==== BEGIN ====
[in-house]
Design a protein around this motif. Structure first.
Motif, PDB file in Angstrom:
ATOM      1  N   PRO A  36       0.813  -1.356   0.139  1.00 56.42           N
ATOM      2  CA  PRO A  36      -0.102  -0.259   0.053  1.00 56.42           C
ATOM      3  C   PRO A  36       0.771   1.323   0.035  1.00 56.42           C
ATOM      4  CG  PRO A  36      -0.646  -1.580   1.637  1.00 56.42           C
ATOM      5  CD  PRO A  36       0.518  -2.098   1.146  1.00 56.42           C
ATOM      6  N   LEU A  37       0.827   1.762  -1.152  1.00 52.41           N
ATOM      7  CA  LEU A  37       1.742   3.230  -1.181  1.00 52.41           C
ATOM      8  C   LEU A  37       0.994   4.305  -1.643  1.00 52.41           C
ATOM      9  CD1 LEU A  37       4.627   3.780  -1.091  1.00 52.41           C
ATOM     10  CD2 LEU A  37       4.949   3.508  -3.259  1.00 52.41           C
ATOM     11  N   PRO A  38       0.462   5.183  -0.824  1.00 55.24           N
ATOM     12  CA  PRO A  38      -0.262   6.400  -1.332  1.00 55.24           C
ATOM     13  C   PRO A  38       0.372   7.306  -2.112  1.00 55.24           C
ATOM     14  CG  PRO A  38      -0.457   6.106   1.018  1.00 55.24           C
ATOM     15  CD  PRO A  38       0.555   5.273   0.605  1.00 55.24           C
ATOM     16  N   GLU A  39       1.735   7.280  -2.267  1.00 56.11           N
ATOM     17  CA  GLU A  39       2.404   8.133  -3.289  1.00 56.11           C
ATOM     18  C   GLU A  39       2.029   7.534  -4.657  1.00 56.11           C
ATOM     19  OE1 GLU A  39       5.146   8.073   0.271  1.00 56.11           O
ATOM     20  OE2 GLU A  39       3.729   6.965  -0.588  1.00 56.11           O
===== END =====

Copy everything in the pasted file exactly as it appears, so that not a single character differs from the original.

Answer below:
[in-house]
Design a protein around this motif. Structure first.
Motif, PDB file in Angstrom:
ATOM      1  N   PRO A  36       0.813  -1.356   0.139  1.00 56.42           N
ATOM      2  CA  PRO A  36      -0.102  -0.259   0.053  1.00 56.42           C
ATOM      3  C   PRO A  36       0.771   1.323   0.035  1.00 56.42           C
ATOM      4  CG  PRO A  36      -0.646  -1.580   1.637  1.00 56.42           C
ATOM      5  CD  PRO A  36       0.518  -2.098   1.146  1.00 56.42           C
ATOM      6  N   LEU A  37       0.827   1.762  -1.152  1.00 52.41           N
ATOM      7  CA  LEU A  37       1.742   3.230  -1.181  1.00 52.41           C
ATOM      8  C   LEU A  37       0.994   4.305  -1.643  1.00 52.41           C
ATOM      9  CD1 LEU A  37       4.627   3.780  -1.091  1.00 52.41           C
ATOM     10  CD2 LEU A  37       4.949   3.508  -3.259  1.00 52.41           C
ATOM     11  N   PRO A  38       0.462   5.183  -0.824  1.00 55.24           N
ATOM     12  CA  PRO A  38      -0.262   6.400  -1.332  1.00 55.24           C
ATOM     13  C   PRO A  38       0.372   7.306  -2.112  1.00 55.24           C
ATOM     14  CG  PRO A  38      -0.457   6.106   1.018  1.00 55.24           C
ATOM     15  CD  PRO A  38       0.555   5.273   0.605  1.00 55.24           C
ATOM     16  N   GLU A  39       1.735   7.280  -2.267  1.00 56.11           N
ATOM     17  CA  GLU A  39       2.404   8.133  -3.289  1.00 56.11           C
ATOM     18  C   GLU A  39       2.029   7.534  -4.657  1.00 56.11           C
ATOM     19  OE1 GLU A  39       5.146   8.073   0.271  1.00 56.11           O
ATOM     20  OE2 GLU A  39       3.729   6.965  -0.588  1.00 56.11           O